Hello. After endless login problems with this blog’s previous incarnation, Suburban Militarism has moved to WordPress. Which at least gives me a chance to start anew and begin by offering some self-reflection. In essence, what is “Suburban Militarism” all about?
It is a record of my hobby, which is to say in essence the painting of 1/72 scale plastic soldiers. Military history, particularly of the 18th-19th centuries, was a topic that always engrossed me as a boy and captivated my imagination. I recall at school one day when the class was given the opportunity of writing an essay on any subject they liked. I chose ‘The Battle of Waterloo’, which I wrote about with gusto. It was to my surprise that nobody else seemed to share an interest in an even remotely similar topic! This was the first indication that my great love was potentially an odd or even uncool one and therefore something that might have to be kept secret.
Quietly, I amassed a collection of plastic soldiers (mostly Airfix and Esci) numbering into the 1000s, which was not a bad achievement for someone relying on pocket money, Christmas and parental generosity. I sorted and paraded them regularly. Although I had figures spanning a variety of periods, my first and principle love remained with the 18th/19th century European armies. There was something about all that riot of colour so neatly aligned in elegant lines and squares that appealed to me in some romantic way.
Unfortunately, all that ‘riot of colour’ didn’t extend to my own armies. Quite simply, I didn’t have the patience, knowledge or skill to paint them. I didn’t know where to begin and I certainly didn’t know anybody else who shared my esoteric interest who could advise and encourage.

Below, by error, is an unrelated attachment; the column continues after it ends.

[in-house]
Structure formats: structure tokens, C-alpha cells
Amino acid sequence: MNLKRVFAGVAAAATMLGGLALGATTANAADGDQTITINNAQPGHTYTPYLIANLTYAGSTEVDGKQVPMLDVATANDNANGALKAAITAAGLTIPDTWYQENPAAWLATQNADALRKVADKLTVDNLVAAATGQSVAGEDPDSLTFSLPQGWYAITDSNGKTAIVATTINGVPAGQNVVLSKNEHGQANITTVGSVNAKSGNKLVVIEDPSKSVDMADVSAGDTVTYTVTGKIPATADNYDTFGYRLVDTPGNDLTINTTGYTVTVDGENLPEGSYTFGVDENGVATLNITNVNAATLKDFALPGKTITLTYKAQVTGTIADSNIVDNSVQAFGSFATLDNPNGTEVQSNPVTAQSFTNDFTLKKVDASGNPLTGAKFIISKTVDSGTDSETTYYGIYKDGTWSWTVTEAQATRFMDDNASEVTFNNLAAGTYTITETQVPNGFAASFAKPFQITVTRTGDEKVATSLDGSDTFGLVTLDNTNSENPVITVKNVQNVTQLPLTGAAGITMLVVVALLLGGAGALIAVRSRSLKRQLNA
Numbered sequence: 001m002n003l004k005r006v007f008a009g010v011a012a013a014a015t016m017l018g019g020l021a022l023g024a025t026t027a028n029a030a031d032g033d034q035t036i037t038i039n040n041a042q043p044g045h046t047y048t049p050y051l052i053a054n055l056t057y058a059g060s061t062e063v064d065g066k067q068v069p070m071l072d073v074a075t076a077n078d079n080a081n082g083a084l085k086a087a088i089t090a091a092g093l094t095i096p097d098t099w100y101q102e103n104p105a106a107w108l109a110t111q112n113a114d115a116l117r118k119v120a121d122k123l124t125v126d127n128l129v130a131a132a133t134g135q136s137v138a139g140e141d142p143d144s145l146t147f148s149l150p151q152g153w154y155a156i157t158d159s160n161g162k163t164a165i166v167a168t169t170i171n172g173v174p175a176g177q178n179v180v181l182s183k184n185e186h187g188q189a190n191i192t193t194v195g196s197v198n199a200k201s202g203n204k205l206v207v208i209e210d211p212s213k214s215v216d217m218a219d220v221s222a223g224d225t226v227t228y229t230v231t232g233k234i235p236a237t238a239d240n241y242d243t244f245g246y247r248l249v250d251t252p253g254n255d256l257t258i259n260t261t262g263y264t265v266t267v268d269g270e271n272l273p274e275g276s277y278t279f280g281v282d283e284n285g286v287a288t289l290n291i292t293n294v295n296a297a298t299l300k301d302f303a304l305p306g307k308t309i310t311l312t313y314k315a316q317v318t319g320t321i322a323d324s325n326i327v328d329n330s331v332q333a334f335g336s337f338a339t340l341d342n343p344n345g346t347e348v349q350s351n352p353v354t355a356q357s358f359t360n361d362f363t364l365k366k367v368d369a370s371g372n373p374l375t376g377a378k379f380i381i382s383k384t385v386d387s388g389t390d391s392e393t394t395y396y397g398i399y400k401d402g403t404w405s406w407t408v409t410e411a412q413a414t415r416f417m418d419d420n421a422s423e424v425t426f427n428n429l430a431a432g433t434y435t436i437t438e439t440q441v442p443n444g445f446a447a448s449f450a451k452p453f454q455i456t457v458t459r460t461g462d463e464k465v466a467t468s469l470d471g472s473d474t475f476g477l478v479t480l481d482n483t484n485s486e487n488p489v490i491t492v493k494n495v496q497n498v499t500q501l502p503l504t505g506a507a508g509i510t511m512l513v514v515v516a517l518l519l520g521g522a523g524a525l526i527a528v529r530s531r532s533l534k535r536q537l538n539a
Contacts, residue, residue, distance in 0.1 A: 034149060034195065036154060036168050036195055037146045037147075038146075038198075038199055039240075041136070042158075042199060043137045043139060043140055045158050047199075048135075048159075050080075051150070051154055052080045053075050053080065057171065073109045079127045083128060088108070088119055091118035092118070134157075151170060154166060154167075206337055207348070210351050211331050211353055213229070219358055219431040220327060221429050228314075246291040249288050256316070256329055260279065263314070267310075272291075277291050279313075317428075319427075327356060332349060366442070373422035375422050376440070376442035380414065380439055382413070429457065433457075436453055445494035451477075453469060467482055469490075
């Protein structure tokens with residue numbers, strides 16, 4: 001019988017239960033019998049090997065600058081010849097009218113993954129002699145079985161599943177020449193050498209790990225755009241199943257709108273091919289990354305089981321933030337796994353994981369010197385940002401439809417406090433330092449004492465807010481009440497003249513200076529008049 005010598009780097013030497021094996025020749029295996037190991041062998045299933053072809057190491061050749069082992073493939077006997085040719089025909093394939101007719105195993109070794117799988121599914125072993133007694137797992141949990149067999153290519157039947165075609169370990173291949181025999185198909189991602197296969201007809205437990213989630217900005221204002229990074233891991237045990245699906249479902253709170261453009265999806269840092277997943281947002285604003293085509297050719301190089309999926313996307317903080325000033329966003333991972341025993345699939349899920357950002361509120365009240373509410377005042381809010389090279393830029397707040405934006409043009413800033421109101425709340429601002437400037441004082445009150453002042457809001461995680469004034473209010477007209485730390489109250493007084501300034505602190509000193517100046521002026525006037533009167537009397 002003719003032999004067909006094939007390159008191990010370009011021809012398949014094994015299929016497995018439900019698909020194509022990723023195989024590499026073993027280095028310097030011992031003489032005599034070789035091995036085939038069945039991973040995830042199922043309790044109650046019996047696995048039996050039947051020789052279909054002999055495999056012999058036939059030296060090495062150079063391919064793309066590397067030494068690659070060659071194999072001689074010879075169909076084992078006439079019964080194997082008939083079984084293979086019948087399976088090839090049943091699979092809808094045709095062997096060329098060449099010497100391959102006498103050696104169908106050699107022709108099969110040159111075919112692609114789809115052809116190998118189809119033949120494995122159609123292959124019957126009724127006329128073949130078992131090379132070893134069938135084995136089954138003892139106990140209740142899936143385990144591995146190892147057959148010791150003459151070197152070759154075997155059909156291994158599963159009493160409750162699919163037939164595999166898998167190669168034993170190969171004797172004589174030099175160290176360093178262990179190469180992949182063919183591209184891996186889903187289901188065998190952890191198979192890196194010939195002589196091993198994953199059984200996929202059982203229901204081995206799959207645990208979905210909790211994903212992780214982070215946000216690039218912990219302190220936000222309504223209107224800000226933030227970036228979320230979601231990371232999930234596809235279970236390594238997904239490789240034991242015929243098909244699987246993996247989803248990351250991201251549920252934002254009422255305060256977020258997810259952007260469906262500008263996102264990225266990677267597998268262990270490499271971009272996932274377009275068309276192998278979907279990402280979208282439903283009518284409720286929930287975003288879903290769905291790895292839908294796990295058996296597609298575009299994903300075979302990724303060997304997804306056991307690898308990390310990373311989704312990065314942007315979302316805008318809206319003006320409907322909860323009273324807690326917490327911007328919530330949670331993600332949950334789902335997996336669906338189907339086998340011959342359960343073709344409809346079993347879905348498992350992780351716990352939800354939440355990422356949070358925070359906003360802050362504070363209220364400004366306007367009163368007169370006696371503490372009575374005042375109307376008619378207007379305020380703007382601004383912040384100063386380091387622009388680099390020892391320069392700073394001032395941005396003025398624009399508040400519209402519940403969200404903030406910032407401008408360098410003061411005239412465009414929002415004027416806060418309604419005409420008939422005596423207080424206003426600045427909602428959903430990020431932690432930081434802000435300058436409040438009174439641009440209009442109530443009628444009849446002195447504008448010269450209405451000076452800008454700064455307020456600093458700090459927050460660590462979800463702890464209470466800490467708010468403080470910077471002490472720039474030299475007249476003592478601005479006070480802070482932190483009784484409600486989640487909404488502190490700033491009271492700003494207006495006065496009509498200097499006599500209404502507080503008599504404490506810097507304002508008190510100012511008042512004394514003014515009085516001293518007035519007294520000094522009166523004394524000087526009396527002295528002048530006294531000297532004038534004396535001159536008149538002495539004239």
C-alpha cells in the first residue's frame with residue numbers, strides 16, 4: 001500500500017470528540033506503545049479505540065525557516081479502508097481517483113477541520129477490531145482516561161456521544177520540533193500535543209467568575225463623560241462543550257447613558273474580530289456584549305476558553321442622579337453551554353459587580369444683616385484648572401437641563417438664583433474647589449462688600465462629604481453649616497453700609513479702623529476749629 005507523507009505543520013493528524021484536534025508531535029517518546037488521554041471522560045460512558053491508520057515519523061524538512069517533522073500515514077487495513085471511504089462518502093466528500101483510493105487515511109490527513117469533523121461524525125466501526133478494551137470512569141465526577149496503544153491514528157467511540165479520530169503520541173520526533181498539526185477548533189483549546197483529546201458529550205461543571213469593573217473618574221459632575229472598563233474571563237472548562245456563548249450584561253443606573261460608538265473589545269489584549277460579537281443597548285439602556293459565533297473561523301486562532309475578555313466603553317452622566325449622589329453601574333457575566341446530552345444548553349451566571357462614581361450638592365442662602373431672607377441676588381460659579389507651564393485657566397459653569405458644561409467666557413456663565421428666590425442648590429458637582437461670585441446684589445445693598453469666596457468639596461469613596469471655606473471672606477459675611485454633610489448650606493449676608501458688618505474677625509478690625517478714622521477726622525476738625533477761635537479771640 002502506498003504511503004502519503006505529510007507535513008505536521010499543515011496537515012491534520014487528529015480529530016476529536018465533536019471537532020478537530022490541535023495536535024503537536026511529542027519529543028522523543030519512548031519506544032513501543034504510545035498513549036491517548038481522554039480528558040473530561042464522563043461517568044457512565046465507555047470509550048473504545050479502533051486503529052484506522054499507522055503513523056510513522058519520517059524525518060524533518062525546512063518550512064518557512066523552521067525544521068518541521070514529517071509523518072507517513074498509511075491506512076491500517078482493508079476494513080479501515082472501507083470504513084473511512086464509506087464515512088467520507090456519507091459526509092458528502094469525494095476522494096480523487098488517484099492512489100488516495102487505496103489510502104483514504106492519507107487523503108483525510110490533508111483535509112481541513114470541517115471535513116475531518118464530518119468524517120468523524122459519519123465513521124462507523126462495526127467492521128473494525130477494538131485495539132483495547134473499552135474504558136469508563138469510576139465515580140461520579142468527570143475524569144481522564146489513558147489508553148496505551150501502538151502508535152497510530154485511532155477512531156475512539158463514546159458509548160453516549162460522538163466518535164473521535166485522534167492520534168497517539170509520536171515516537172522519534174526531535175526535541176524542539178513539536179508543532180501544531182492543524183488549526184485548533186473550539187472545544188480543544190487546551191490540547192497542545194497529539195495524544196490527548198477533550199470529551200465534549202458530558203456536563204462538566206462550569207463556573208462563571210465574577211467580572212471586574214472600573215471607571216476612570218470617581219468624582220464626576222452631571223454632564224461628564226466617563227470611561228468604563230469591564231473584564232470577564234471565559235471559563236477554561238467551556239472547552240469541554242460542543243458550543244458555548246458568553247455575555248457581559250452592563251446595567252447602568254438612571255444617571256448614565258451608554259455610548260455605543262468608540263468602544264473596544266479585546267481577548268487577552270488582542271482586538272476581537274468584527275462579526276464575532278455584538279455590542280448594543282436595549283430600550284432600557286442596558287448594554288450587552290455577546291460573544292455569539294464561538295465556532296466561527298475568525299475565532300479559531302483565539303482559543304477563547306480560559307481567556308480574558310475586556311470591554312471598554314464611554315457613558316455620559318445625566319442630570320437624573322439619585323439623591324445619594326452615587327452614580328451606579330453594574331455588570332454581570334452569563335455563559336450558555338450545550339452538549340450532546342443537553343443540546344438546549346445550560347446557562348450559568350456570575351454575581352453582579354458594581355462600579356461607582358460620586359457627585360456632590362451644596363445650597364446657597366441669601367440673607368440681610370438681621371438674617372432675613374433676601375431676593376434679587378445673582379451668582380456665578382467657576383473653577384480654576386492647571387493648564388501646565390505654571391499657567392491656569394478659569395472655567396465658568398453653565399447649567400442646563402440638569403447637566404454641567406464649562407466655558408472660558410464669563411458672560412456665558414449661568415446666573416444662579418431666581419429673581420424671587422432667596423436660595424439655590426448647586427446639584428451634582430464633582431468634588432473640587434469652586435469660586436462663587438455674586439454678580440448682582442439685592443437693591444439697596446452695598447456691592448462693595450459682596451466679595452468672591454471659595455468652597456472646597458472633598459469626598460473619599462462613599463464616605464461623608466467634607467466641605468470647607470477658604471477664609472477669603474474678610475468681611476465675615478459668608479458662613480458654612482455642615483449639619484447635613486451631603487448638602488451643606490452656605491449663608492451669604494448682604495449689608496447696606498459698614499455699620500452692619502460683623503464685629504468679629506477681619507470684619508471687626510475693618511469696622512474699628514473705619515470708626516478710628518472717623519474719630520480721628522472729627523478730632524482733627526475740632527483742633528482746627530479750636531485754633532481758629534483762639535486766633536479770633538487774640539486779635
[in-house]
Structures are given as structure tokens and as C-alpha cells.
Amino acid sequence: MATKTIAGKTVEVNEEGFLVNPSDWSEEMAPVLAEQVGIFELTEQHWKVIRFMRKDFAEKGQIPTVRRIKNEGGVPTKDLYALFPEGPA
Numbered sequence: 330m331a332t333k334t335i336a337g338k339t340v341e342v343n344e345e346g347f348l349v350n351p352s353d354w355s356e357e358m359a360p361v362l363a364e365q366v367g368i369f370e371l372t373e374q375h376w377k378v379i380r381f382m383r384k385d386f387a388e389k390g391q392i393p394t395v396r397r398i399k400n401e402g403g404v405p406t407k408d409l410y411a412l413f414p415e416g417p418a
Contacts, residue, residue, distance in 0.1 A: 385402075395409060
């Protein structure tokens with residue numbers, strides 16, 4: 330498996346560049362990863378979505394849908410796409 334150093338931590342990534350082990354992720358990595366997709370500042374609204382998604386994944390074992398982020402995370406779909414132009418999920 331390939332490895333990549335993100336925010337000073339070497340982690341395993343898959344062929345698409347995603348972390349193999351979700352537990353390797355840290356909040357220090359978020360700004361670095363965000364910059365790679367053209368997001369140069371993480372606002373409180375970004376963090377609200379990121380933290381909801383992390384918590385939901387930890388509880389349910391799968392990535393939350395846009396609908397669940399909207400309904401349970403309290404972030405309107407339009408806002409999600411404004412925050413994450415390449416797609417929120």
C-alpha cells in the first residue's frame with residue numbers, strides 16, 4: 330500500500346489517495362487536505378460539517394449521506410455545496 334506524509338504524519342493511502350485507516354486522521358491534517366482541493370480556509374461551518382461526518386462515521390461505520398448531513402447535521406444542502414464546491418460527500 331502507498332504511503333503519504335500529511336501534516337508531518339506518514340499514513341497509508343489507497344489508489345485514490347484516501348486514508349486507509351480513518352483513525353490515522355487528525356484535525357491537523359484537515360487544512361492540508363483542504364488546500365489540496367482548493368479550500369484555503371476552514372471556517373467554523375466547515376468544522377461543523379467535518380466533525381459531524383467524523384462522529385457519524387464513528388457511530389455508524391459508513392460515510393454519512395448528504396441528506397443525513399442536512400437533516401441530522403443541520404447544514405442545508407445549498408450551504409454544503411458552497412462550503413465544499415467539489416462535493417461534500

And so, tragically, all the neatly arrayed ranks of Airfix Waterloo British and French Infantry, and the wildly charging Napoleonic Cuirassiers or Scots Greys, remained sadly monochrome…
Until one day, decades later when, well in to my thirties, I rediscovered the old troops in my parents loft. Initially, I had a go at casting and painting up some 25mm Prince August figures with some moulds I’d found. The results were encouraging. These sporadic attempts at painting them continued for a few years until I entered a local hobby shop. There before me were endless boxes of Napoleonic plastic 1/72 scale troops. I was like Augustus Gloop seeing the inside of Wonka’s chocolate factory for the first time. Pure heaven! I was astonished that there was so much variety as I’d never seen anything remotely like this when I was younger. I was lucky to find a box of French Imperial Guard! In that shop, I fell in love all over again with the little guys and immediately bought a couple of cheap boxes of Prussians.
And I never looked back. Making up for all those years as a boy with troops without any colour, I now paint them in every hue. This blog is a record of that renaissance. A little bit of militarism tucked away in Suburbia. Few know of my hobby outside of my immediate family. Behind those net curtains, one man builds an army.